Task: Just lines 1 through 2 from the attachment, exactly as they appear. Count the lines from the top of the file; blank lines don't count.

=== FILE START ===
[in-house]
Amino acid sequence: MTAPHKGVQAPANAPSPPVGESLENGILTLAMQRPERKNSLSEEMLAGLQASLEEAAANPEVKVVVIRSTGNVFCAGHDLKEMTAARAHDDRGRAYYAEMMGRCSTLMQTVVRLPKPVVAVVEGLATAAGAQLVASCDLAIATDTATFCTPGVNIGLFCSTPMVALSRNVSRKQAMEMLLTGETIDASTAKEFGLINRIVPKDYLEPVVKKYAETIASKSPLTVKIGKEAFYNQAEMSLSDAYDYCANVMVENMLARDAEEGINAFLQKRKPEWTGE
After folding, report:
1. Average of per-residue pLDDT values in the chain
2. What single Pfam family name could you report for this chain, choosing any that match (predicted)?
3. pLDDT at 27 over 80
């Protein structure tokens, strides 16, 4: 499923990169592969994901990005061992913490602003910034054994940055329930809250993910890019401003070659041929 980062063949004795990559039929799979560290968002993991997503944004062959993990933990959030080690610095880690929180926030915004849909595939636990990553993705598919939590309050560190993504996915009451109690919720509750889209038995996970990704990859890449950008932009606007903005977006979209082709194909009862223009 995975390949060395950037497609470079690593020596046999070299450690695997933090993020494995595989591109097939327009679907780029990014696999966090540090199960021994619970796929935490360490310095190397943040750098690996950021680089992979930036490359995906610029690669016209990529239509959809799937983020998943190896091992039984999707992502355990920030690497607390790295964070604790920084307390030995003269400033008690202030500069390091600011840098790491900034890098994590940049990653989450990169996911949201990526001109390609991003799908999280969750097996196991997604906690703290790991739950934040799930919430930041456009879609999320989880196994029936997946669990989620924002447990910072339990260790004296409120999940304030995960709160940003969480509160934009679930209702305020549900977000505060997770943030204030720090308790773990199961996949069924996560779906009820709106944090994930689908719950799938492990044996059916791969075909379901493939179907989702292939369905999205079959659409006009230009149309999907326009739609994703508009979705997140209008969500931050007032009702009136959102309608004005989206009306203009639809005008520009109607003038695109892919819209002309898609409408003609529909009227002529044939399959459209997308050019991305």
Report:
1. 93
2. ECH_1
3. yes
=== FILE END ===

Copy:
[in-house]
Amino acid sequence: MTAPHKGVQAPANAPSPPVGESLENGILTLAMQRPERKNSLSEEMLAGLQASLEEAAANPEVKVVVIRSTGNVFCAGHDLKEMTAARAHDDRGRAYYAEMMGRCSTLMQTVVRLPKPVVAVVEGLATAAGAQLVASCDLAIATDTATFCTPGVNIGLFCSTPMVALSRNVSRKQAMEMLLTGETIDASTAKEFGLINRIVPKDYLEPVVKKYAETIASKSPLTVKIGKEAFYNQAEMSLSDAYDYCANVMVENMLARDAEEGINAFLQKRKPEWTGE